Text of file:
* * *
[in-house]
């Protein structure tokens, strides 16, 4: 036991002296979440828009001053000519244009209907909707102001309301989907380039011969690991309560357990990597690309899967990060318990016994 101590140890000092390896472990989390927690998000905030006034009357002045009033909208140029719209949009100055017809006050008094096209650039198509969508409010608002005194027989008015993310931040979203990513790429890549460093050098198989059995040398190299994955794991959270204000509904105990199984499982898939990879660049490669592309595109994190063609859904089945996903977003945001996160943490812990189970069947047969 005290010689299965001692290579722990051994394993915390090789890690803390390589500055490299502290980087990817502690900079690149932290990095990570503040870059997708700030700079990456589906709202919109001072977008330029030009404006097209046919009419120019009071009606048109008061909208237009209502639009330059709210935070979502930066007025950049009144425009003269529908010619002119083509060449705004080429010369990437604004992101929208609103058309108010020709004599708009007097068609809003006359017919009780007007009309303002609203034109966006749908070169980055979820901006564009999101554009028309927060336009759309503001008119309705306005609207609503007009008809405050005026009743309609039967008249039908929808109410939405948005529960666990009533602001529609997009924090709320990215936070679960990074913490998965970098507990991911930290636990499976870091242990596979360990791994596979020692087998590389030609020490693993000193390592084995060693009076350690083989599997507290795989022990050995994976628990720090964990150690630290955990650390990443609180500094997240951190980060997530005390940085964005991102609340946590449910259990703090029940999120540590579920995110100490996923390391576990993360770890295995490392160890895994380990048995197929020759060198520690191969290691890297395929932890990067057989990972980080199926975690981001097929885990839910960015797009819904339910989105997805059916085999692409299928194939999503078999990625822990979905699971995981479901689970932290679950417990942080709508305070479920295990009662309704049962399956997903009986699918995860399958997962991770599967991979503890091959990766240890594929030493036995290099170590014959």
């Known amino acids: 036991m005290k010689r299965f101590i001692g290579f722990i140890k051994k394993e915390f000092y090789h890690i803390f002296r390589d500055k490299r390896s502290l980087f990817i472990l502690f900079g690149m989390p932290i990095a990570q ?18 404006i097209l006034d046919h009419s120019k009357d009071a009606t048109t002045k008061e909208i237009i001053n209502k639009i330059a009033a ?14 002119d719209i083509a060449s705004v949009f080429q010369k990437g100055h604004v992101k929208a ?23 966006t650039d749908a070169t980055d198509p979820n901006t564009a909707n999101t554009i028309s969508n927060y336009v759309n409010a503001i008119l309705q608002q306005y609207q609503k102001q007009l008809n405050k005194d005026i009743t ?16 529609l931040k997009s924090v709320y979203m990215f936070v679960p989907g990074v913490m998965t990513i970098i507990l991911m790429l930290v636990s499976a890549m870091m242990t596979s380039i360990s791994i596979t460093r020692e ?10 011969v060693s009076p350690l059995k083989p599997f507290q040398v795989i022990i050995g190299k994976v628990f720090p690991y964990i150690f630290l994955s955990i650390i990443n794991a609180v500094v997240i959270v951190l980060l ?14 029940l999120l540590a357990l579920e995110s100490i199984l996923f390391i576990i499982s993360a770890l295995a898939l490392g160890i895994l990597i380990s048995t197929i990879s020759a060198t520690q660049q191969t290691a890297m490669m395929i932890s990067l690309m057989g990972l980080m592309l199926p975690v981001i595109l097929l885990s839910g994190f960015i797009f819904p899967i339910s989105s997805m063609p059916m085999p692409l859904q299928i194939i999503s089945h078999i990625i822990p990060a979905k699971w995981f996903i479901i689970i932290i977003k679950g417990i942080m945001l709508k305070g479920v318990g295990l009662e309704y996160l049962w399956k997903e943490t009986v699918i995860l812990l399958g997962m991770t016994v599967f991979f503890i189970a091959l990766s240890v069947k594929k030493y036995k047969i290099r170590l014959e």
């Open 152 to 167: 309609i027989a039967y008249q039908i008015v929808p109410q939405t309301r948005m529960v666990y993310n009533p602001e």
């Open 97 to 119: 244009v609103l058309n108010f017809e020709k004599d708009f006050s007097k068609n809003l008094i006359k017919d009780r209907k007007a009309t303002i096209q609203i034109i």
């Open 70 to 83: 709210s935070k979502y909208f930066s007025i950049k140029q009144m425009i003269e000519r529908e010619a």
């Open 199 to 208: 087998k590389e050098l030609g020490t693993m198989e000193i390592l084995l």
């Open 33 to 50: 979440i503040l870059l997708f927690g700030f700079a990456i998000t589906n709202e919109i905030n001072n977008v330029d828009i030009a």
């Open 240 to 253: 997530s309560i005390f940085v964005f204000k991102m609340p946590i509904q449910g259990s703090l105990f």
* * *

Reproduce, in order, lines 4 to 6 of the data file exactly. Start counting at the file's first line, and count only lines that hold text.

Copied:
């Open 152 to 167: 309609i027989a039967y008249q039908i008015v929808p109410q939405t309301r948005m529960v666990y993310n009533p602001e």
């Open 97 to 119: 244009v609103l058309n108010f017809e020709k004599d708009f006050s007097k068609n809003l008094i006359k017919d009780r209907k007007a009309t303002i096209q609203i034109i």
């Open 70 to 83: 709210s935070k979502y909208f930066s007025i950049k140029q009144m425009i003269e000519r529908e010619a």